How to Force Your Windows File and Folder Names to Have the Case You Want

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One of the quirks in the Windows operating system is that it does not distinguish between upper case and lower case in file and folder names. This led Tech Tips reader Hilly to post this question:

“I have created folders in my documents which are in lower case, I want to change this from lower to upper. I have gone on to rename and typed exactly the same as what the folder already says but for some reason it just converts it back to lower case......is there any reason why this is happening?”

As far as Windows is concerned, “MYfilename” is the same file as “myfilename”. If you try to change the case, Windows will often ignore you. Microsoft calls it "prettying the path". If you want to change the case of a file or folder name, here is a trick that I have used.

  1. Rename the file or folder by adding a character to the front.
  2. Rename the file or folder again, this time deleting the added character and making the case change that you want.

The case change should now stick.

If you are experienced with editing the Registry, you can configure Windows to let you make case changes without interference:

  1. Open Regedit
  2. Navigate to HKEY_CURRENT_USER \ SOFTWARE \ Microsoft \ Windows \ CurrentVersion \ Explorer \ Advanced
  3. In the right pane, double-click the value name DontPrettyPath (or create it as a REG_DWORD if it doesn't exist)
  4. Set the data value to 1
  5. Click “OK”
  6. Close Regedit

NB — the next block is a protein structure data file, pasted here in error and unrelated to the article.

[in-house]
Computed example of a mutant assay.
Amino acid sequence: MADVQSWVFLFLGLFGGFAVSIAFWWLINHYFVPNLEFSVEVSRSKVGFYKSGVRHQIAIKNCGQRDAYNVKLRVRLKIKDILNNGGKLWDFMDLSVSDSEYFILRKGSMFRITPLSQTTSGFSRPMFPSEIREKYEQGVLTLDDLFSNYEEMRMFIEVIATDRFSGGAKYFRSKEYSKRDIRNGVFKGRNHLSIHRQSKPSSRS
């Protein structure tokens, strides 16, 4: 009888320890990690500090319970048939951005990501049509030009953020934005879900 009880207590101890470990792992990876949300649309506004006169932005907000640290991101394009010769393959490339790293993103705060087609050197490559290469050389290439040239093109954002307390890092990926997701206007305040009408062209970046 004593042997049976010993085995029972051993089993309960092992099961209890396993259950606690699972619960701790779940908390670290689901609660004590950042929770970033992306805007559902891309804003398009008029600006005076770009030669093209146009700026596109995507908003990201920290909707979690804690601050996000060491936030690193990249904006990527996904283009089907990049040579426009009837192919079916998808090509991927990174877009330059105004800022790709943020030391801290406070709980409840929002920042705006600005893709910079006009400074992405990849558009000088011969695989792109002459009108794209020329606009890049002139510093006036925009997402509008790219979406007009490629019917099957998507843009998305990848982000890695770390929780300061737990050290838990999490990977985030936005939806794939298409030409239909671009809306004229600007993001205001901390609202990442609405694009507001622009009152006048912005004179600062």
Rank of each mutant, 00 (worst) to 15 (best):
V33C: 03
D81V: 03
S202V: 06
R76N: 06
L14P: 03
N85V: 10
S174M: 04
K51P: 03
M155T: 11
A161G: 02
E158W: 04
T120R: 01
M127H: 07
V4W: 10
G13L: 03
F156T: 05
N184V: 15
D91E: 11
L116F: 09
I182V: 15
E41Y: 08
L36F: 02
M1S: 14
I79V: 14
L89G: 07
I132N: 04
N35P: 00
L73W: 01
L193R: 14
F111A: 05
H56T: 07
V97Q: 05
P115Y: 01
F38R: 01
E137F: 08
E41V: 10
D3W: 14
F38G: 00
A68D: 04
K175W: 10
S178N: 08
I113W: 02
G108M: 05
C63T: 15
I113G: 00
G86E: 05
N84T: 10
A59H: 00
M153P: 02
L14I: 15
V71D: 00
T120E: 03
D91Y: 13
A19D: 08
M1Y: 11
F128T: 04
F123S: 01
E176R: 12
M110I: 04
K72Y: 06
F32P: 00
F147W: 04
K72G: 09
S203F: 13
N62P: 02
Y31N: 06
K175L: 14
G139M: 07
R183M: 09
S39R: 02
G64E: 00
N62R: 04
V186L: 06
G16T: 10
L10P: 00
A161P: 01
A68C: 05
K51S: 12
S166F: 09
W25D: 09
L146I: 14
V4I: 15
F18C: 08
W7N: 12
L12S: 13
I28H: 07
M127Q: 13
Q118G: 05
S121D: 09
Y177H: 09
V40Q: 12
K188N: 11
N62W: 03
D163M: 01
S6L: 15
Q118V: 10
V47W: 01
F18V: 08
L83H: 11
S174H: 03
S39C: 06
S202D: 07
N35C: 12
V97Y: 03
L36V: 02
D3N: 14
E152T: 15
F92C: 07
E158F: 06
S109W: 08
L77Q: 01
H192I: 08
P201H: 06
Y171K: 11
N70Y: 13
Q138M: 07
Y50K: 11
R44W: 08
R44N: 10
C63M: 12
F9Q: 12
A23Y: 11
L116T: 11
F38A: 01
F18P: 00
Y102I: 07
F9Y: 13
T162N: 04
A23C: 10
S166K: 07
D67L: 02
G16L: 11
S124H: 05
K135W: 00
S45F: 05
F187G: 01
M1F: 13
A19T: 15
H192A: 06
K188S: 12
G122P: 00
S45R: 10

7. Log off and back on

Now the case of file and folder names should stay the way you type them. This edit should work in Windows XP, Vista, and 7.

Incidentally, it is worth noting that Unix-based systems like Linux and FreeBSD consider upper and lower case to designate different characters. This can be important on the Internet. Although domain names are not case-sensitive, directory and file names on Internet servers that use a Unix-based system are. This means that web links containing file names must be written with the proper case. Otherwise, you get an error message. 

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This tips section is maintained by Vic Laurie. Vic runs several websites with Windows how-to's, guides, and tutorials, including a site for learning about Windows and the Internet and another with Windows 7 tips.

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Comments

Just for more information, it appears that only certain Windows applications such as Windows Explorer have this l̶i̶m̶i̶t̶a̶t̶i̶o̶n̶ feature. The underlying file APIs do not do this. You can check this by writing a simple .NET application that uses System.IO.File methods to move files from one location to another. It will happily move "MYFileName.txt" to "myfilename.txt", although you might only see the change in Explorer after you refresh or close and open Explorer again.